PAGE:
5 Farm Dinners to Enjoy Around Wisconsin

With meals harvested or raised right there, they’re as fresh as you can get.

This story is part of our Summer Guide from the June Issue of Milwaukee Magazine. To read our full guide to summer fun, order your copy today!

WISCONSINITES ARE LUCKY: our state is home to tens of thousands of farms. And some offer the ultimate farm-to-table experience, serving up meals harvested or raised right there. Here are five of our favorites happening this summer.

1. Holy Hill Art Farm


“The farm is a magical place to celebrate the bounty of Wisconsin’s growing season much like our ancestors did,” says manager Kristine Jacklin, who dresses up the 165-year-old barn with vintage chairs and farm tables – and bouquets from their gardens on each table – for Meat & Potato Night. Prime Minister Restaurant & Catering culls local meats (beef tenderloin and chicken breasts) and vegetables and also serves Wisconsin wines and Fideler Farm’s fruit turnovers, paired with live acoustic music. 

Holy Hill Art Farm; Photo courtesy of Holy Hill Art Farm



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2. Stone Bank Farm Market


In addition to serving beef, pork and lamb pastured and raised on the 75-acre Lake Country farm, along with its vegetable crops, “we try to support farmers within 30 to 60 miles of our farm,” says manager Michelle Relford. That includes offerings from Turtle Creek Gardens, Gwenyn Hill Farm, Olden Organics Farm and Meadowlark Organics. Birch chef Kyle Knall, a James Beard Award semifinalist this year, does the cooking at these monthly dinners. “Through these experiences we are celebrating what the land has provided,” says Relford. 

3. Hidden Acres Farm

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Justin Carlisle, the chef and owner of Milwaukee’s Ardent, is serving up eight-course dinners at this farm. He’s making kombucha with Hidden Acres’ aronia berry patch – Wisconsin’s largest – and serving up squash, tomatoes and cucumbers grown on the farm. “We’ll hang out [in the garden] and talk about the property and the farm and how we connected and then move inside [to a modern barn] to eat,” Carlisle says. Before dinner, Hidden Acres co-owner Tom Rehberger encourages guests to “walk through the farm grounds, visit the gardens and buildings established by the Knutson family in the late 1890s.”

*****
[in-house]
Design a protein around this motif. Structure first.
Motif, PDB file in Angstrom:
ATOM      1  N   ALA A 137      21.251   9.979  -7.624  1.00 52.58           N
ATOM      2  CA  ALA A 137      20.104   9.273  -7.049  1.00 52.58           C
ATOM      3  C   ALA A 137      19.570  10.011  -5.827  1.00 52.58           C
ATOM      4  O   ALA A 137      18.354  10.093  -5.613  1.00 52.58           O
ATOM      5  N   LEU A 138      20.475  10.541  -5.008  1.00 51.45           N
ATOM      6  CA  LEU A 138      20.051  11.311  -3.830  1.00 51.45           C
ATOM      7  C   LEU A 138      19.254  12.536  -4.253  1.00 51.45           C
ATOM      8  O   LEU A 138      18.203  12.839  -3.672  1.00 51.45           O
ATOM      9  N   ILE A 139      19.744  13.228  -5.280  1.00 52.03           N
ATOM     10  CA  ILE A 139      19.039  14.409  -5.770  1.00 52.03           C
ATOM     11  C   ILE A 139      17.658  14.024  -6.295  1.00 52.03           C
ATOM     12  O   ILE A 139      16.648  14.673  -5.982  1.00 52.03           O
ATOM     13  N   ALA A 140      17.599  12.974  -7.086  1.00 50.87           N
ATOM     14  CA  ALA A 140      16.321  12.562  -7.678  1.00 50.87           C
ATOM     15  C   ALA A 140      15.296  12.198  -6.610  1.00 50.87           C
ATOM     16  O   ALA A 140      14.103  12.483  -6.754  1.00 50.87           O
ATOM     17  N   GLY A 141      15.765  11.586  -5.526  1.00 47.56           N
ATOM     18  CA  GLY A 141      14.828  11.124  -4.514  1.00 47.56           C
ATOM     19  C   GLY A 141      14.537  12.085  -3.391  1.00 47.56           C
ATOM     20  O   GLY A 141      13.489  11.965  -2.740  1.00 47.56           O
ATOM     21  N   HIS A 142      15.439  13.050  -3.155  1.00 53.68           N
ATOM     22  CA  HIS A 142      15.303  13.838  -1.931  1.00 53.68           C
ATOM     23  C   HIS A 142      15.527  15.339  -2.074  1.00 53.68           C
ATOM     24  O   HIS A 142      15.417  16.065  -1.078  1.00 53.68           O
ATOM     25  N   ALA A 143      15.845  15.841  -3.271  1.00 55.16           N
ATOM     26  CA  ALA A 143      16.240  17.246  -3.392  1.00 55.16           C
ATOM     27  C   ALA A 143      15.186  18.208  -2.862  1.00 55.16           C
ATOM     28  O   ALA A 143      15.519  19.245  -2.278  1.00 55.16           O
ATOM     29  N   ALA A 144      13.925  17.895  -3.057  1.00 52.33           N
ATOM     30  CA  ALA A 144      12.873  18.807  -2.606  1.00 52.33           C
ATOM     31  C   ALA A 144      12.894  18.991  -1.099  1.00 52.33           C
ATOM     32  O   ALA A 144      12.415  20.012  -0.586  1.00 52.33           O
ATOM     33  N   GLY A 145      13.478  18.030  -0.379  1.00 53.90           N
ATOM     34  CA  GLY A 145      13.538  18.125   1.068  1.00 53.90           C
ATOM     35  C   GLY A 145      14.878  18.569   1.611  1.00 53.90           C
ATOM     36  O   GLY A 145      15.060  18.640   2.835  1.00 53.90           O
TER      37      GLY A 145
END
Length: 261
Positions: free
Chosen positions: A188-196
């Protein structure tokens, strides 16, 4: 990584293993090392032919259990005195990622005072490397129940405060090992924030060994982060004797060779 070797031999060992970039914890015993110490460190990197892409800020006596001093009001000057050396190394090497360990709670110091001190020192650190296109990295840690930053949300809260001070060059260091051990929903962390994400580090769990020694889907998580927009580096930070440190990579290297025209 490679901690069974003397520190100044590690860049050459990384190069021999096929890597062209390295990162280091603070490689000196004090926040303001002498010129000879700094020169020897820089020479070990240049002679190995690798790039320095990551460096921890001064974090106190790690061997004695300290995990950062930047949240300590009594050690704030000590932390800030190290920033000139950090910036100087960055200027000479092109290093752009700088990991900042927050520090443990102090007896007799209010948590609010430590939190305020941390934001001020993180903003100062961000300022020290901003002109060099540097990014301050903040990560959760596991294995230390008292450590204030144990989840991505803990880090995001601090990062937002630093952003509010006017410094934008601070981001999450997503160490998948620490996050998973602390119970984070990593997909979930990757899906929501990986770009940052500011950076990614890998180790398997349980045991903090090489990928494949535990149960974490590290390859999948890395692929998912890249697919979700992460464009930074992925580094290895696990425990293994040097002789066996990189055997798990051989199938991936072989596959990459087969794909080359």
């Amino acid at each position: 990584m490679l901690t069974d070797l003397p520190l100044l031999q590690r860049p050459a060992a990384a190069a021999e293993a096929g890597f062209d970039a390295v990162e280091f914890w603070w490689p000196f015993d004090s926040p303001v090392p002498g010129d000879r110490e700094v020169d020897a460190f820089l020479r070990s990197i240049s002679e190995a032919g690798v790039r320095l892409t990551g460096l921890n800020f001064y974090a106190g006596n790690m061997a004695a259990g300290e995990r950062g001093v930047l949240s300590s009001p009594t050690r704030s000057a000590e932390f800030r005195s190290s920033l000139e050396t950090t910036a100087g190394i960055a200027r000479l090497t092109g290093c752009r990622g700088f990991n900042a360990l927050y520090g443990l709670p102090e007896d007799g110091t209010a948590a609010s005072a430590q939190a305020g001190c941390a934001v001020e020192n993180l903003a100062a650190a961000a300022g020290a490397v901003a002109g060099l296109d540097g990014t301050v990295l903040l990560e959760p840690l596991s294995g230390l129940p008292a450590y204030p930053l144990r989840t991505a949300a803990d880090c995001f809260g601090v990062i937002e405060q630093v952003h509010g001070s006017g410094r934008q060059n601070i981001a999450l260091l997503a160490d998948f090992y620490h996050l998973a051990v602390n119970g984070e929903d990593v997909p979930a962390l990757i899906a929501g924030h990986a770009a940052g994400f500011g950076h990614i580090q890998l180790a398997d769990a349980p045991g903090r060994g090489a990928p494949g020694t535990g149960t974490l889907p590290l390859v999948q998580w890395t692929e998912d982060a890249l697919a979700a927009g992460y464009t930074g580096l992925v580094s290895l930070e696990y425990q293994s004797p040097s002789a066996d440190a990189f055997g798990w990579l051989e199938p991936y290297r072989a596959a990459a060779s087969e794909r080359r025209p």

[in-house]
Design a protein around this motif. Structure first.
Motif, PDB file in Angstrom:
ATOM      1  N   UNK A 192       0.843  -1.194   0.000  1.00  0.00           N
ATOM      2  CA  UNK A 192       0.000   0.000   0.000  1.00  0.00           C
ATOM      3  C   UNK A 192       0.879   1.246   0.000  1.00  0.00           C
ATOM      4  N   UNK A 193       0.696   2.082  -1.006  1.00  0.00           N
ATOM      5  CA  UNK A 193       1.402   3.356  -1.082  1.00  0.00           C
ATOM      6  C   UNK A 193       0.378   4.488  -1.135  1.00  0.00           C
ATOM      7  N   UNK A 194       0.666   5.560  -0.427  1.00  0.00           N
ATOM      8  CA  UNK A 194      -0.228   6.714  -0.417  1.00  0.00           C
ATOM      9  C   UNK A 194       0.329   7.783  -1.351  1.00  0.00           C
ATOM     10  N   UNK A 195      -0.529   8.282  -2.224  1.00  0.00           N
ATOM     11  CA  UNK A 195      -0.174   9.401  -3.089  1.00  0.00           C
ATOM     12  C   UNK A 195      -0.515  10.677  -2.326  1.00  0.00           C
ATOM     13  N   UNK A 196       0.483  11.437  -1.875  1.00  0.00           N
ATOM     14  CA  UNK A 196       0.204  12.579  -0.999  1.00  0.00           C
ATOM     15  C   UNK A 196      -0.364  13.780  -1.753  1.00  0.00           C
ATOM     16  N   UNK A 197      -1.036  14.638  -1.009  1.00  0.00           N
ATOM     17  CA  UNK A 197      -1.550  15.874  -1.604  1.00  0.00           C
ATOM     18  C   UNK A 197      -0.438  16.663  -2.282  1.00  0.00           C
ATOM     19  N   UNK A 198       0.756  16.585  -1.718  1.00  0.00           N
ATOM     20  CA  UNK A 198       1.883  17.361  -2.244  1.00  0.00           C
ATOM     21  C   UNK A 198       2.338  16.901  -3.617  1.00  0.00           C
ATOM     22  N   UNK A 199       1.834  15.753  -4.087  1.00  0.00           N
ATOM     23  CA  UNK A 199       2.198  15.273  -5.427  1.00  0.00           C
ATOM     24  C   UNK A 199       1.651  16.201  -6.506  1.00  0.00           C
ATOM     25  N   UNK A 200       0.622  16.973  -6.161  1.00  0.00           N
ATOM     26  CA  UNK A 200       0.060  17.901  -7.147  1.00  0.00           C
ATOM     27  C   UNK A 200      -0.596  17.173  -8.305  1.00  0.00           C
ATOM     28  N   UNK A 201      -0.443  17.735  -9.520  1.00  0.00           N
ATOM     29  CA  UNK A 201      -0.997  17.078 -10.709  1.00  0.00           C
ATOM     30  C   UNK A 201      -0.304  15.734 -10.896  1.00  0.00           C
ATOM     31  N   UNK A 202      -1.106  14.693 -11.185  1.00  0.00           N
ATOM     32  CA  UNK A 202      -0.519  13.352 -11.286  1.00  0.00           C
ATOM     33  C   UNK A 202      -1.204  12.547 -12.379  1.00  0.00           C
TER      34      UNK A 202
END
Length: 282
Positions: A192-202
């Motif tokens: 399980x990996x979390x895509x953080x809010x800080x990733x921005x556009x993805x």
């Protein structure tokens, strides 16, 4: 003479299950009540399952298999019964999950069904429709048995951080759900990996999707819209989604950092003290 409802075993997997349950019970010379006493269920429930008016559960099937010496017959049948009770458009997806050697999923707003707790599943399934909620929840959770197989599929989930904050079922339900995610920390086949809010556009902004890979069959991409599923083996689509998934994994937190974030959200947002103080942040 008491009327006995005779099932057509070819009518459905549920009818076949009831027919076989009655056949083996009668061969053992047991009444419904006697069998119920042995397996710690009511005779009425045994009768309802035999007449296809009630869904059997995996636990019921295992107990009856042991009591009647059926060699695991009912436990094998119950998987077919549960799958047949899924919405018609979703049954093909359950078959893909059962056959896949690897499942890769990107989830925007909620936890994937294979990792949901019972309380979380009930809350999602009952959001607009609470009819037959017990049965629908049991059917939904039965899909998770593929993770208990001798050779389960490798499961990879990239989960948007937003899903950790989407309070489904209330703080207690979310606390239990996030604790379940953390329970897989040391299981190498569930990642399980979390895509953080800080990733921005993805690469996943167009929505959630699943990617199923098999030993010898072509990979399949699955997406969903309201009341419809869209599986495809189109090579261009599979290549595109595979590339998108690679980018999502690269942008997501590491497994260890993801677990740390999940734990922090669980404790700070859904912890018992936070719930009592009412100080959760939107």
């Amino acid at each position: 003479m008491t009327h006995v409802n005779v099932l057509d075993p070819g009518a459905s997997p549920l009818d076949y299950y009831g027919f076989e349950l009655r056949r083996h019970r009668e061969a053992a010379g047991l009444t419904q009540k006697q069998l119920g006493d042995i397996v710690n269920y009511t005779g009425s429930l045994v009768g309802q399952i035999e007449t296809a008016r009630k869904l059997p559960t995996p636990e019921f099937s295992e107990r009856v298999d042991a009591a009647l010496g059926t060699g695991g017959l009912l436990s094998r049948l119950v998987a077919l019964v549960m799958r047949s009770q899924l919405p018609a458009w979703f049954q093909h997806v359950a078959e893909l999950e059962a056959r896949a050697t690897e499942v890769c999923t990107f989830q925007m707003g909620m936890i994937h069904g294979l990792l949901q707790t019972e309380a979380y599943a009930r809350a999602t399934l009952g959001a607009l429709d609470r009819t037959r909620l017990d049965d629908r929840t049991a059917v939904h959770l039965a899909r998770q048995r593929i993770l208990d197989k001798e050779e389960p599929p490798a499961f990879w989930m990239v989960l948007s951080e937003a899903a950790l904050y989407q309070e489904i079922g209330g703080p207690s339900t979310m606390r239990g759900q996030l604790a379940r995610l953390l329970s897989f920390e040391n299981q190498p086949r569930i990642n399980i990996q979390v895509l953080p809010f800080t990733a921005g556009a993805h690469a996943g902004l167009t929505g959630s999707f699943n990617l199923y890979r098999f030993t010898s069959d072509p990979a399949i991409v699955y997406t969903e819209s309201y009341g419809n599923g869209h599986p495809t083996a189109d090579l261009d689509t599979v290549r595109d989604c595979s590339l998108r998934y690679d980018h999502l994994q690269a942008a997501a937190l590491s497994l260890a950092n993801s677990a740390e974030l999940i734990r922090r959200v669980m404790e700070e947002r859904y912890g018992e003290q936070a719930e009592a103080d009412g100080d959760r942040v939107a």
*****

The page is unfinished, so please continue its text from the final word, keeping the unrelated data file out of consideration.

Hidden Acres Farm; Photo by Artemis Photography, courtesy of Hidden Acres Farm

4. Campo di Bella


“We bring a little bit of Italy to south-central Wisconsin,” says Mary Ann Bellazzini, who runs this 20-acre farm, vineyard, farm stay and restaurant with her husband, Marc, the chef for dinners paired with their wines. Friday’s three-course meals, and Saturday’s five-course options change every weekend to reflect seasonality – and what Marc learned cooking with his Italian grandmother – with dishes like lasagna marinara, braised lamb and chicken Provençal. Reservations by the prior Wednesday are required. 

5. Inn Serendipity Farm and B&B


Soil Sisters, a group celebrating Wisconsin’s female organic farmers, is hosting this dinner at Inn Serendipity in southwestern Wisconsin. On the menu: pizzas baked in a wood-fired oven, topped with Emmi Roth cheese and seasonal vegetables grown by Soil Sisters members. “2022 is the 10-year anniversary of the Soil Sisters weekend, the largest women-farmer-led event of its kind in the country,” says Lisa Kivirist, the inn’s co-owner and a co-founder of Soil Sisters, noting its goal of “stewarding our Wisconsin landscape with a bounty of on-farm workshops and culinary events showcasing local foods and flavors.” 


This story is part of Milwaukee Magazine‘s June Summer Guide issue.

Find it on newsstands or buy a copy at milwaukeemag.com/shop

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A seasoned writer, and a former editor at Milwaukee Home & Fine Living, Kristine Hansen launched her wine-writing career in 2003, covering wine tourism, wine and food pairings, wine trends and quirky winemakers. Her wine-related articles have published in Wine Enthusiast, Sommelier Journal, Uncorked (an iPad-only magazine), FoodRepublic.com, CNN.com and Whole Living (a Martha Stewart publication). She's trekked through vineyards and chatted up winemakers in many regions, including Chile, Portugal, California (Napa, Sonoma and Central Coast), Canada, Oregon and France (Bordeaux and Burgundy). While picking out her favorite wine is kind of like asking which child you like best, she will admit to being a fan of Oregon Pinot Noir and even on a sub-zero winter day won't turn down a glass of zippy Marlborough Sauvignon Blanc.